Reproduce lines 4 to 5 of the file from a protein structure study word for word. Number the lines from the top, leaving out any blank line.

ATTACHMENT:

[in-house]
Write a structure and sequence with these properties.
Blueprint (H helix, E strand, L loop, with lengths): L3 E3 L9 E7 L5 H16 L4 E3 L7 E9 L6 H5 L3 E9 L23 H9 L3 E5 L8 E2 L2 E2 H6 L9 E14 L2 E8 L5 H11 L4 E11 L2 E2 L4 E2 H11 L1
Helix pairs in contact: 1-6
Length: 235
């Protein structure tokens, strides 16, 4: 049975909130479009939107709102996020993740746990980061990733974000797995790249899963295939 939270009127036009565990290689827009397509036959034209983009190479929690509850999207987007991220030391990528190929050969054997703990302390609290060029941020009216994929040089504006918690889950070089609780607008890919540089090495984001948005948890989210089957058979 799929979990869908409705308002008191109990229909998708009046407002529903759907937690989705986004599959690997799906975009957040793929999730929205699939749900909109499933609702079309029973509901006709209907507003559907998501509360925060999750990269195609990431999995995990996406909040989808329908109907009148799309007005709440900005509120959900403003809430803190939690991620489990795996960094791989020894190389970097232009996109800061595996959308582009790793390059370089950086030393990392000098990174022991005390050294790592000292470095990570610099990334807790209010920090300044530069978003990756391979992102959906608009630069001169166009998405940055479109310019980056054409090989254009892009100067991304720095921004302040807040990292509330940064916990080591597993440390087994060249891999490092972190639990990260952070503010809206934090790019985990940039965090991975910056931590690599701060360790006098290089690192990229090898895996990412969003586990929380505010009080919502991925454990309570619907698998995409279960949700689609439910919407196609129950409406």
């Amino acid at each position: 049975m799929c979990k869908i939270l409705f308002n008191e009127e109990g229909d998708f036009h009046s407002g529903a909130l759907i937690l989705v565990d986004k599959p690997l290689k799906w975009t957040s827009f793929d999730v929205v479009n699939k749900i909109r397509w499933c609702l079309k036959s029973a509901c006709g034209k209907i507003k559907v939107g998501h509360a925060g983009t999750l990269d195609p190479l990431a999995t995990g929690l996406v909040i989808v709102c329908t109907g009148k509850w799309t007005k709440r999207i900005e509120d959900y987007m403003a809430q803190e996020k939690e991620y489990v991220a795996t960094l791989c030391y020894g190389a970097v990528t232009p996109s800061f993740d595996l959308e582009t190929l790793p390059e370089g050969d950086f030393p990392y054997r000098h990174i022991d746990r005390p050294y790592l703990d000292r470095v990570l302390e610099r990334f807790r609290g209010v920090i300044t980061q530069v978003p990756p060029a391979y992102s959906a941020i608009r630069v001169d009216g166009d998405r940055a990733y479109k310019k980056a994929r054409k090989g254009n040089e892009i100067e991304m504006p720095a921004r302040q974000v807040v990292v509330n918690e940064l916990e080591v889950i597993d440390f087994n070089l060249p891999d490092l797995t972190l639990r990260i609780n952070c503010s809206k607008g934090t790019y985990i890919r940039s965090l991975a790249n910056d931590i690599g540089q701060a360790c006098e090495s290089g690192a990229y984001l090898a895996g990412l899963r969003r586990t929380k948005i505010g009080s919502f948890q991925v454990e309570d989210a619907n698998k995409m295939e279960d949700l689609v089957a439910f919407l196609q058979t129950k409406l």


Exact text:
Helix pairs in contact: 1-6
Length: 235